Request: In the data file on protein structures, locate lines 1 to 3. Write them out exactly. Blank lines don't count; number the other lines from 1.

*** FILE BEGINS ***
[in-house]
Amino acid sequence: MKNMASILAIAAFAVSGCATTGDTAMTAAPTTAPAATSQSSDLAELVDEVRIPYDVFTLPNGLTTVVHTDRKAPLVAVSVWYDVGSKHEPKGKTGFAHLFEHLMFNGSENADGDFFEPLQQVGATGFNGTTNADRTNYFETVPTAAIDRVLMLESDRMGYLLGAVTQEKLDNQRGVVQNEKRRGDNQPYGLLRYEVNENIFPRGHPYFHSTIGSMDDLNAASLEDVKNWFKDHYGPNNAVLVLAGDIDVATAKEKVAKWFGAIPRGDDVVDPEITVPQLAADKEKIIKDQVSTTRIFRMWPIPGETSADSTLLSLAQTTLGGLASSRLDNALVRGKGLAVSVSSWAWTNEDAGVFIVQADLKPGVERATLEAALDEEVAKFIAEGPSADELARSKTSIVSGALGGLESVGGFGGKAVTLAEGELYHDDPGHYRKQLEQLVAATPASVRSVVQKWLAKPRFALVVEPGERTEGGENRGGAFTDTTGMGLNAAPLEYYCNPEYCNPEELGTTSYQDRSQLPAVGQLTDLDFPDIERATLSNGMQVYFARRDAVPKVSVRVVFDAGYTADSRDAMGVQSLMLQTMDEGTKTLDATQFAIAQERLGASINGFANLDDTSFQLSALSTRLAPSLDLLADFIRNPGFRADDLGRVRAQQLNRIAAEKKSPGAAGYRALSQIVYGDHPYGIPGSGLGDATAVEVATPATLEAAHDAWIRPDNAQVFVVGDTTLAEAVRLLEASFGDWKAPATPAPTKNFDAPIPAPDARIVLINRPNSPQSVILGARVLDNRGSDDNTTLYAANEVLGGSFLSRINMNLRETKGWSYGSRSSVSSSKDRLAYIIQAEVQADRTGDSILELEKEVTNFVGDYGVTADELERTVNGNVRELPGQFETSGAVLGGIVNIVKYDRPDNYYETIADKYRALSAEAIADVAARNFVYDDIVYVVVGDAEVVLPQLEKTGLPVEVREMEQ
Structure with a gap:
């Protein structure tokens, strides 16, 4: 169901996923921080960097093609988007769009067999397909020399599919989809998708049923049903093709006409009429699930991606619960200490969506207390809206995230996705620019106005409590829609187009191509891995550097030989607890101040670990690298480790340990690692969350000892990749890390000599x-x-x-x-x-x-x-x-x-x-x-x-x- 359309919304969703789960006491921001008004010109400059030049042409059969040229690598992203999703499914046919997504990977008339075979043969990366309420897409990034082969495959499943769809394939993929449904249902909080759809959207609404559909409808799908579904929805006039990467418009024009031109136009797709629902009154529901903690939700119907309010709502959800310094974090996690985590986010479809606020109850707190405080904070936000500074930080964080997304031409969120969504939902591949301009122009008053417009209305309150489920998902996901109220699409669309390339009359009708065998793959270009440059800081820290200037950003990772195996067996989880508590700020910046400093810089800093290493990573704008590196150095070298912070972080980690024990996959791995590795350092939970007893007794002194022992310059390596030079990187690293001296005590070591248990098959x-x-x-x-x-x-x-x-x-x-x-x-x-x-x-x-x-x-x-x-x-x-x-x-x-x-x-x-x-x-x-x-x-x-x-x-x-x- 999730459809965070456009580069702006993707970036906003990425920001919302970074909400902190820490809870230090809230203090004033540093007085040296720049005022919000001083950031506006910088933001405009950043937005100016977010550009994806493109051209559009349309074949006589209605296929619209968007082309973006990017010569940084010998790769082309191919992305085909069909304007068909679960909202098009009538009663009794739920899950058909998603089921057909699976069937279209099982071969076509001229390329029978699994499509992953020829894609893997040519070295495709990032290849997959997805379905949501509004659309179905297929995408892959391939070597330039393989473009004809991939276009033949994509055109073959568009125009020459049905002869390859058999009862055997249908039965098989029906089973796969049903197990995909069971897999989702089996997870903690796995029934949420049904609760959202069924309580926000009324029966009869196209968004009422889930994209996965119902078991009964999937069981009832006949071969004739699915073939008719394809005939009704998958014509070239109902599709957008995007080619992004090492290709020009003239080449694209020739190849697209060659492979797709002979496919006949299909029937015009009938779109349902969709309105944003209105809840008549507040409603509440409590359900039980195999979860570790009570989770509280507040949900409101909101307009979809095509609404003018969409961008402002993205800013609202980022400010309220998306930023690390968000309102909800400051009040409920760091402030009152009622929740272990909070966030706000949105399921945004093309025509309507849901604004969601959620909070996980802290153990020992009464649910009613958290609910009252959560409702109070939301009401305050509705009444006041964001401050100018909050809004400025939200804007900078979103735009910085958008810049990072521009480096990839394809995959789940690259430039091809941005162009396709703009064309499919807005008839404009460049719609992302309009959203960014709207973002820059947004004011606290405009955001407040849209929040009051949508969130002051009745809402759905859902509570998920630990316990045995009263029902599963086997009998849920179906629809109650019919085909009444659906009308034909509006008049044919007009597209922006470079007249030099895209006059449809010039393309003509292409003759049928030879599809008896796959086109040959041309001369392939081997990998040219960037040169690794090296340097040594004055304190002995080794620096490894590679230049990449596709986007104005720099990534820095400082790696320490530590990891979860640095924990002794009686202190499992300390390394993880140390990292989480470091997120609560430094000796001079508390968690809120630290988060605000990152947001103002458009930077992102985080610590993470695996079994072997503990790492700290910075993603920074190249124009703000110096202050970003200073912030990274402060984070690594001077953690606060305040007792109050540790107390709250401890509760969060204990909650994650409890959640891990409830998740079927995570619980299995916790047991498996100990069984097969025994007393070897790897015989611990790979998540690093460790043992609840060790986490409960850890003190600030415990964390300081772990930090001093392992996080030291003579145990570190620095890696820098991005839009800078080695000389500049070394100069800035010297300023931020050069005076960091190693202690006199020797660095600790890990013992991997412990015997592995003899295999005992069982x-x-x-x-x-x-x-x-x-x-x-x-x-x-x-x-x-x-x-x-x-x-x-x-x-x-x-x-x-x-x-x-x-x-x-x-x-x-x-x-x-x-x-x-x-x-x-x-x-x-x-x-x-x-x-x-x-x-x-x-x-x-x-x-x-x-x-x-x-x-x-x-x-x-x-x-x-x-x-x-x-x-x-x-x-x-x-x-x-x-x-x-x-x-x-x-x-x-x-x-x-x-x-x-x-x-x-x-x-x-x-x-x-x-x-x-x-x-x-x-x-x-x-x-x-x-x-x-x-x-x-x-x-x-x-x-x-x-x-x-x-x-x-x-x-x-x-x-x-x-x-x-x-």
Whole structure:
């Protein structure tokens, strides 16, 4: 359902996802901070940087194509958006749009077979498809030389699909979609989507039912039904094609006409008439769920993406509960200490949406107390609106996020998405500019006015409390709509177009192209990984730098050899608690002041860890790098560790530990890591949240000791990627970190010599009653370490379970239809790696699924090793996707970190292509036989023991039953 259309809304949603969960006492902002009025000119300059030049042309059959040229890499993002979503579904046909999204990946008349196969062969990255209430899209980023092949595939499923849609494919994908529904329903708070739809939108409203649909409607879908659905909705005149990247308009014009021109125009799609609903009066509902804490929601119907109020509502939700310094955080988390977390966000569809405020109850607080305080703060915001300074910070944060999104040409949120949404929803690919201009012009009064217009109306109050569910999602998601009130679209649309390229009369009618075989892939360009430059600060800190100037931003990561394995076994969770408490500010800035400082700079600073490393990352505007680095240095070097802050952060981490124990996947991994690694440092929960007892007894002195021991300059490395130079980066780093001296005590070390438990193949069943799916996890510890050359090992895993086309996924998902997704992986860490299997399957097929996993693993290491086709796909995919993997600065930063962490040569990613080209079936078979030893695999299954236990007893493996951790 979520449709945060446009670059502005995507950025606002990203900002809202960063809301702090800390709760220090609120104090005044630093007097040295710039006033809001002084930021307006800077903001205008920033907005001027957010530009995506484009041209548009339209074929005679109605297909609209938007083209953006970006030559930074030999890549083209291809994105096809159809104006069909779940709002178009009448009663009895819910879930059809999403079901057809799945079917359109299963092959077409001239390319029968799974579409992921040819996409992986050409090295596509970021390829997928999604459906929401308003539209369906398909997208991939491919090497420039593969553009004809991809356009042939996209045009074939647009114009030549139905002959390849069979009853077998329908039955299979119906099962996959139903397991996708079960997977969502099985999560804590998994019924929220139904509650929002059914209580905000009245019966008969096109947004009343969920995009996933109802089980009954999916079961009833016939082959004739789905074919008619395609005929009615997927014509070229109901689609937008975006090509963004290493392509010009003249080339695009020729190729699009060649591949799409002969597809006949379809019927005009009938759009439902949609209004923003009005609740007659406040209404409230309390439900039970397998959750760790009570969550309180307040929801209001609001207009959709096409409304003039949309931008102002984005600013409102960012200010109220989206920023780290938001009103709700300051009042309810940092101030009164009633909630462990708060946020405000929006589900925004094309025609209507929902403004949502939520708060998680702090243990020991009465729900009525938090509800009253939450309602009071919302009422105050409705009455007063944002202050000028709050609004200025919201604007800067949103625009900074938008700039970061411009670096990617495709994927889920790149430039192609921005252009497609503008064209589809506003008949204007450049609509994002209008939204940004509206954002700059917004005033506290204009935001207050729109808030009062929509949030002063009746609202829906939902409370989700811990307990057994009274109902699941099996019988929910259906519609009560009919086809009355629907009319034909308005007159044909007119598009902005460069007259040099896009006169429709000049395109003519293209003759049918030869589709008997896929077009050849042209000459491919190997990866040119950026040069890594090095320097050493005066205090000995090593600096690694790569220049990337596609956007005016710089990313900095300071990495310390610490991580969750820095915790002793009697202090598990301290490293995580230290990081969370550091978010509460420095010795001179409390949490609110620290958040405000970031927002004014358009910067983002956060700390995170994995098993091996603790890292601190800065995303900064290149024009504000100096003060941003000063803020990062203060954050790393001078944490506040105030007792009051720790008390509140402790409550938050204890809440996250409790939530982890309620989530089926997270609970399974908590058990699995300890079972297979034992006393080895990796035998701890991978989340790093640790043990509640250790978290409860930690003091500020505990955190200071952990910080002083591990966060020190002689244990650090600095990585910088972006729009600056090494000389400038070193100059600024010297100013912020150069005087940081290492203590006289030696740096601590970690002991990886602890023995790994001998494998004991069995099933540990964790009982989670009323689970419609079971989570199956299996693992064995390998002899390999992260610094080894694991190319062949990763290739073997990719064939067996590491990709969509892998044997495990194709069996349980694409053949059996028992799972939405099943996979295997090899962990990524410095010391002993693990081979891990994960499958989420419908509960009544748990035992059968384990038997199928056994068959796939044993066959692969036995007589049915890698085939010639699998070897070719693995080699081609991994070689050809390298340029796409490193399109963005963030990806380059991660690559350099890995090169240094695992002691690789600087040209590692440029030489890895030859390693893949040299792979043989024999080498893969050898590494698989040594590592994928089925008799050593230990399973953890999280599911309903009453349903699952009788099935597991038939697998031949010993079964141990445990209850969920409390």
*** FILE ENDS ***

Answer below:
[in-house]
Amino acid sequence: MKNMASILAIAAFAVSGCATTGDTAMTAAPTTAPAATSQSSDLAELVDEVRIPYDVFTLPNGLTTVVHTDRKAPLVAVSVWYDVGSKHEPKGKTGFAHLFEHLMFNGSENADGDFFEPLQQVGATGFNGTTNADRTNYFETVPTAAIDRVLMLESDRMGYLLGAVTQEKLDNQRGVVQNEKRRGDNQPYGLLRYEVNENIFPRGHPYFHSTIGSMDDLNAASLEDVKNWFKDHYGPNNAVLVLAGDIDVATAKEKVAKWFGAIPRGDDVVDPEITVPQLAADKEKIIKDQVSTTRIFRMWPIPGETSADSTLLSLAQTTLGGLASSRLDNALVRGKGLAVSVSSWAWTNEDAGVFIVQADLKPGVERATLEAALDEEVAKFIAEGPSADELARSKTSIVSGALGGLESVGGFGGKAVTLAEGELYHDDPGHYRKQLEQLVAATPASVRSVVQKWLAKPRFALVVEPGERTEGGENRGGAFTDTTGMGLNAAPLEYYCNPEYCNPEELGTTSYQDRSQLPAVGQLTDLDFPDIERATLSNGMQVYFARRDAVPKVSVRVVFDAGYTADSRDAMGVQSLMLQTMDEGTKTLDATQFAIAQERLGASINGFANLDDTSFQLSALSTRLAPSLDLLADFIRNPGFRADDLGRVRAQQLNRIAAEKKSPGAAGYRALSQIVYGDHPYGIPGSGLGDATAVEVATPATLEAAHDAWIRPDNAQVFVVGDTTLAEAVRLLEASFGDWKAPATPAPTKNFDAPIPAPDARIVLINRPNSPQSVILGARVLDNRGSDDNTTLYAANEVLGGSFLSRINMNLRETKGWSYGSRSSVSSSKDRLAYIIQAEVQADRTGDSILELEKEVTNFVGDYGVTADELERTVNGNVRELPGQFETSGAVLGGIVNIVKYDRPDNYYETIADKYRALSAEAIADVAARNFVYDDIVYVVVGDAEVVLPQLEKTGLPVEVREMEQ
Structure with a gap: